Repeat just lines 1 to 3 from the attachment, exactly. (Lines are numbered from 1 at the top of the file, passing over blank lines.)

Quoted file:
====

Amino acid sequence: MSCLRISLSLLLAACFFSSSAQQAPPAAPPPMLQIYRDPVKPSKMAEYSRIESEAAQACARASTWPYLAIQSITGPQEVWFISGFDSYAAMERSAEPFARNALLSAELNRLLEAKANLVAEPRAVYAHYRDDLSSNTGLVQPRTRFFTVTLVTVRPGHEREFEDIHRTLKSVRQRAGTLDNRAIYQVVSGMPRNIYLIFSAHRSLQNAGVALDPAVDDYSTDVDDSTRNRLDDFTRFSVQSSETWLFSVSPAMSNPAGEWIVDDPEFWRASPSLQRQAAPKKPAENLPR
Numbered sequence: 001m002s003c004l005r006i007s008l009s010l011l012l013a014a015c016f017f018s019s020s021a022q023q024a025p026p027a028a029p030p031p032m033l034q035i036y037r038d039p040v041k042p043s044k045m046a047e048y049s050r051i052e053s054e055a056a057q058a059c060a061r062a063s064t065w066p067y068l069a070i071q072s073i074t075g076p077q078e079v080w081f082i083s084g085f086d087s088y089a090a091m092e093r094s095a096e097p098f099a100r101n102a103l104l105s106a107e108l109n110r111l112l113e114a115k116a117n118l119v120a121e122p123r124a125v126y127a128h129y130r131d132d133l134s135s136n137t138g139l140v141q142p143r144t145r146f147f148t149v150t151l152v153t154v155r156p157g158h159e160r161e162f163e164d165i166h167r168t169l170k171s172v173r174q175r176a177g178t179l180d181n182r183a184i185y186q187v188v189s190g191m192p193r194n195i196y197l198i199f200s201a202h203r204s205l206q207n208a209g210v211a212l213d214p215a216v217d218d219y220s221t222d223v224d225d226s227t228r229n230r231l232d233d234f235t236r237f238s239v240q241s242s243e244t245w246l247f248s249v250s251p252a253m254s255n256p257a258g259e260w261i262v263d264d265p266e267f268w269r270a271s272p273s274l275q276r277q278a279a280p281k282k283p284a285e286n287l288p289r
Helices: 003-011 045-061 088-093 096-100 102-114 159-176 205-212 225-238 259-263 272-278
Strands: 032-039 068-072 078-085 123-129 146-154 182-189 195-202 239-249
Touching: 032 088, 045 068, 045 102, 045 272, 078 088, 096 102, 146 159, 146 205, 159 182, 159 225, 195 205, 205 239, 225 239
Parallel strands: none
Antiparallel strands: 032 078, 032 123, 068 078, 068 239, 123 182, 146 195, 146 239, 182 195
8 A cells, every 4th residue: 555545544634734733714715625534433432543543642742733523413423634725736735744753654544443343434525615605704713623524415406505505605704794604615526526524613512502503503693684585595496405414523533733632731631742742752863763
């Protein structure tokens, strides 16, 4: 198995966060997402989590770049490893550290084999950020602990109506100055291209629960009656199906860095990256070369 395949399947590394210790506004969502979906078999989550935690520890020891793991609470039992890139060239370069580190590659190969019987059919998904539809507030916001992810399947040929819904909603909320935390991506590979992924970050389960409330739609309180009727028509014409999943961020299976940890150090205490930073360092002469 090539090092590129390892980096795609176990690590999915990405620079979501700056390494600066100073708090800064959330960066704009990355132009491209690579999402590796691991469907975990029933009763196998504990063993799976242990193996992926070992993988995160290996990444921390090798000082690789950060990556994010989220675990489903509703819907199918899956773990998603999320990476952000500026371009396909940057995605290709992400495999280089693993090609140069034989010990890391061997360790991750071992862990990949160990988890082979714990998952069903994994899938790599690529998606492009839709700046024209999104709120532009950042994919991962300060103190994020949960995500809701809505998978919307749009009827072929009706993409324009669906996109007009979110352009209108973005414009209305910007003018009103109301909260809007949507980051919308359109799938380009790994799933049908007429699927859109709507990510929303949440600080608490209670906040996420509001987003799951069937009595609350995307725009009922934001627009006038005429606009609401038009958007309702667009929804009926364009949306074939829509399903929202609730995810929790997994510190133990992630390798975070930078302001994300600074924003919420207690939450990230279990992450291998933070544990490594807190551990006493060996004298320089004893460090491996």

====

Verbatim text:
Amino acid sequence: MSCLRISLSLLLAACFFSSSAQQAPPAAPPPMLQIYRDPVKPSKMAEYSRIESEAAQACARASTWPYLAIQSITGPQEVWFISGFDSYAAMERSAEPFARNALLSAELNRLLEAKANLVAEPRAVYAHYRDDLSSNTGLVQPRTRFFTVTLVTVRPGHEREFEDIHRTLKSVRQRAGTLDNRAIYQVVSGMPRNIYLIFSAHRSLQNAGVALDPAVDDYSTDVDDSTRNRLDDFTRFSVQSSETWLFSVSPAMSNPAGEWIVDDPEFWRASPSLQRQAAPKKPAENLPR
Numbered sequence: 001m002s003c004l005r006i007s008l009s010l011l012l013a014a015c016f017f018s019s020s021a022q023q024a025p026p027a028a029p030p031p032m033l034q035i036y037r038d039p040v041k042p043s044k045m046a047e048y049s050r051i052e053s054e055a056a057q058a059c060a061r062a063s064t065w066p067y068l069a070i071q072s073i074t075g076p077q078e079v080w081f082i083s084g085f086d087s088y089a090a091m092e093r094s095a096e097p098f099a100r101n102a103l104l105s106a107e108l109n110r111l112l113e114a115k116a117n118l119v120a121e122p123r124a125v126y127a128h129y130r131d132d133l134s135s136n137t138g139l140v141q142p143r144t145r146f147f148t149v150t151l152v153t154v155r156p157g158h159e160r161e162f163e164d165i166h167r168t169l170k171s172v173r174q175r176a177g178t179l180d181n182r183a184i185y186q187v188v189s190g191m192p193r194n195i196y197l198i199f200s201a202h203r204s205l206q207n208a209g210v211a212l213d214p215a216v217d218d219y220s221t222d223v224d225d226s227t228r229n230r231l232d233d234f235t236r237f238s239v240q241s242s243e244t245w246l247f248s249v250s251p252a253m254s255n256p257a258g259e260w261i262v263d264d265p266e267f268w269r270a271s272p273s274l275q276r277q278a279a280p281k282k283p284a285e286n287l288p289r
Helices: 003-011 045-061 088-093 096-100 102-114 159-176 205-212 225-238 259-263 272-278